Stained Glass Wonders : A Forgotten Art Form
|Image by : Ish Maelo|
So why have we not embraced this beautiful craft in other walks of life?
A Religious Upbringing
In Europe, the art of stained glass reached its height between 1150 and 1500 when it was a popular addition to many buildings and, adorned with important religious iconography, it often acted as a focus point for prayer and worship.
In religious based stained glass, inspirational images depict disciples and other important cultural figures. The iconography of light as a binary opposition of evil has helped cement the stained glass window firmly in the culture of many strands of Christianity.
“I will lay thy stones with fair colours, and lay their foundations with sapphires. And I will make thy windows of agates, and thy gates of carbuncles, and all thy borders of pleasant stones.”
To theologians in the medieval ages, the images of saints amongst others depicted in the windows were brought to life by God’s presence, light itself.
Sainte Chapelle, or the ‘Holy Chapel’ in France was commissioned by King Louis IX of France and houses one of Christianities most important relics, the crown of thorns. It is fitting that such a beautiful monument encompasses this important symbol of Christianity and shows the stature and cultural significance that stained glass still has in modern religion.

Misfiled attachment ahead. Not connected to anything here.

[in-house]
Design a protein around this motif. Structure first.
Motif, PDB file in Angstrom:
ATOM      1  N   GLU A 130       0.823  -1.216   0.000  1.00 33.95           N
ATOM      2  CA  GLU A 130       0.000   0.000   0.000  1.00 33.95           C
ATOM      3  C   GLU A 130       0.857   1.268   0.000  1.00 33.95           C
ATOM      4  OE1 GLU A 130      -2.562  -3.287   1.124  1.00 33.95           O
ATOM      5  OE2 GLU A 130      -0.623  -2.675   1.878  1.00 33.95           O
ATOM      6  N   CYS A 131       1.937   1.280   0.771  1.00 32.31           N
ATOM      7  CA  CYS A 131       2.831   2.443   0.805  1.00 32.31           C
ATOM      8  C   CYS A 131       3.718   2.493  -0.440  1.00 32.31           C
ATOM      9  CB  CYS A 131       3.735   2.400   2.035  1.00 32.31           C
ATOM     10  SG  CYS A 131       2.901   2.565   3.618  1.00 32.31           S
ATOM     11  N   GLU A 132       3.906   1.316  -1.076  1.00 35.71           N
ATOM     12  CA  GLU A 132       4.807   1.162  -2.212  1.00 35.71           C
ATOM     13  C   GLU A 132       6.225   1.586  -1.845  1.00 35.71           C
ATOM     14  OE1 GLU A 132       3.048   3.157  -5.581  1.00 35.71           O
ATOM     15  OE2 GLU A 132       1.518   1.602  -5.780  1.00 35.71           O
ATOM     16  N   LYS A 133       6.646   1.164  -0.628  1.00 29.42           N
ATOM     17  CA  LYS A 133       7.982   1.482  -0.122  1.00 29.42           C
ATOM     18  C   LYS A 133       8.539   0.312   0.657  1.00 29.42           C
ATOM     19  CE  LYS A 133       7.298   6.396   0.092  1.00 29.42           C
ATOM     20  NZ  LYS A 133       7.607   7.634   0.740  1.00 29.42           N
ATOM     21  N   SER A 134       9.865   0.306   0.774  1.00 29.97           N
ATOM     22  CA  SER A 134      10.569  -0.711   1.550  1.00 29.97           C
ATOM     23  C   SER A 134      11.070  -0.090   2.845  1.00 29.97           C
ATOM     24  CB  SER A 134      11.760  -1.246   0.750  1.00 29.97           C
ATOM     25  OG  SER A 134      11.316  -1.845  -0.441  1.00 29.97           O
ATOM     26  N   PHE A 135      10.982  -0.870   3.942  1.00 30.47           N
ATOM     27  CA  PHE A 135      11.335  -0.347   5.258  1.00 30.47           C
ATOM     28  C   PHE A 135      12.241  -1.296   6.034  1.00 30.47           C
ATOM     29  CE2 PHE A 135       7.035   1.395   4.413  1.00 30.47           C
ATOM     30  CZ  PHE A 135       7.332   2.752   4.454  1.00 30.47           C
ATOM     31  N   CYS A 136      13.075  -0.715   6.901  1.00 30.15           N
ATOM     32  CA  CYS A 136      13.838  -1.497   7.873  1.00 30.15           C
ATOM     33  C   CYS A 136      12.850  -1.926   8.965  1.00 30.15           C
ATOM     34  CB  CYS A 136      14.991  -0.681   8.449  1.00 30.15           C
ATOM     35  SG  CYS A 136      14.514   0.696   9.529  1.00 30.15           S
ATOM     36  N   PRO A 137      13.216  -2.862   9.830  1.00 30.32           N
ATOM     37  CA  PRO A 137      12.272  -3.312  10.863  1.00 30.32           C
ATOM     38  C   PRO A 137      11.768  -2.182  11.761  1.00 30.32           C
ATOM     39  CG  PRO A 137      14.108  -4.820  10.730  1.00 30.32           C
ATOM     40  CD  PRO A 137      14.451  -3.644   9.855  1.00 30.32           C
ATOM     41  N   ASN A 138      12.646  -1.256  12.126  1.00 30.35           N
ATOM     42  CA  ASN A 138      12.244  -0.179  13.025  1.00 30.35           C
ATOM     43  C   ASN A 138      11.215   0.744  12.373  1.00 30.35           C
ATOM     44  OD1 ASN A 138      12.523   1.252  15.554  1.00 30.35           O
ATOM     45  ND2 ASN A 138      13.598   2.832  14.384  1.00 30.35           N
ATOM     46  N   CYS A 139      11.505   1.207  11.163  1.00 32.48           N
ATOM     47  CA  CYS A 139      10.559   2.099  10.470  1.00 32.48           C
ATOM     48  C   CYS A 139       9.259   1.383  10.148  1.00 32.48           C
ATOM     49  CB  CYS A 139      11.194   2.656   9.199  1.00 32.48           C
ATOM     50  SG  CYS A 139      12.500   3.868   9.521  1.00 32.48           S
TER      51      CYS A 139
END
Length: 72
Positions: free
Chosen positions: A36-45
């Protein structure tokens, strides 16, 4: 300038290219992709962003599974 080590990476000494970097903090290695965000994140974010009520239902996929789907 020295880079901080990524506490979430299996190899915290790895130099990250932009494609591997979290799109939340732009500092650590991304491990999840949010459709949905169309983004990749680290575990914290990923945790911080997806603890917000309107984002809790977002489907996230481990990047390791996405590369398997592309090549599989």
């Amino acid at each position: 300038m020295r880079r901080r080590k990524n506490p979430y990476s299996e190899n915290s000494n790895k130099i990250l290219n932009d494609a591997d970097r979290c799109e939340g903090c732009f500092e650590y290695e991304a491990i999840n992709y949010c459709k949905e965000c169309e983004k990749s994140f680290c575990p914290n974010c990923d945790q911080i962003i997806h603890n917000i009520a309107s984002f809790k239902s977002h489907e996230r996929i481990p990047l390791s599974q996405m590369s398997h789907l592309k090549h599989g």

A Tradition and an Art
The process of making stained glass is a complex one, powdered metals are added to molten glass, giving them distinct colouring. This method of adding powdered metals to create colour is also one used in fireworks displays. For example, copper compounds are used to create the colour blue.
Making a Comeback
The Glass Windows of the Netherlands Institute for Sound and Vision in the Netherlands are actually constructed from hundreds of screen shots from Dutch television programmes. The pictures have been blended in an abstract style to give its unique aesthetic and it is one of the best examples of modern stained glass design.
|Image by: Lauren Manning|
A Degree of RespectStained-Glass Window Studies at the Swansea Institute was mocked in the Daily Mail, ironically the same newspaper berating students for choosing to go to university instead of taking more practical avenues into employment.
Other arts are regarded as great works of craftsmanship, why is stain glass production anything less than an art form? It’s one we must remember and one that we can treasure by exploring both its past and its future, hopefully in an abundance of new architecture.
We should be celebrating the passing on of an ancient art form from one generation to the next, not mocking it.
Dan Izzard writes articles for Eurocell, who provide an extensive range of windows and composite doors for your home.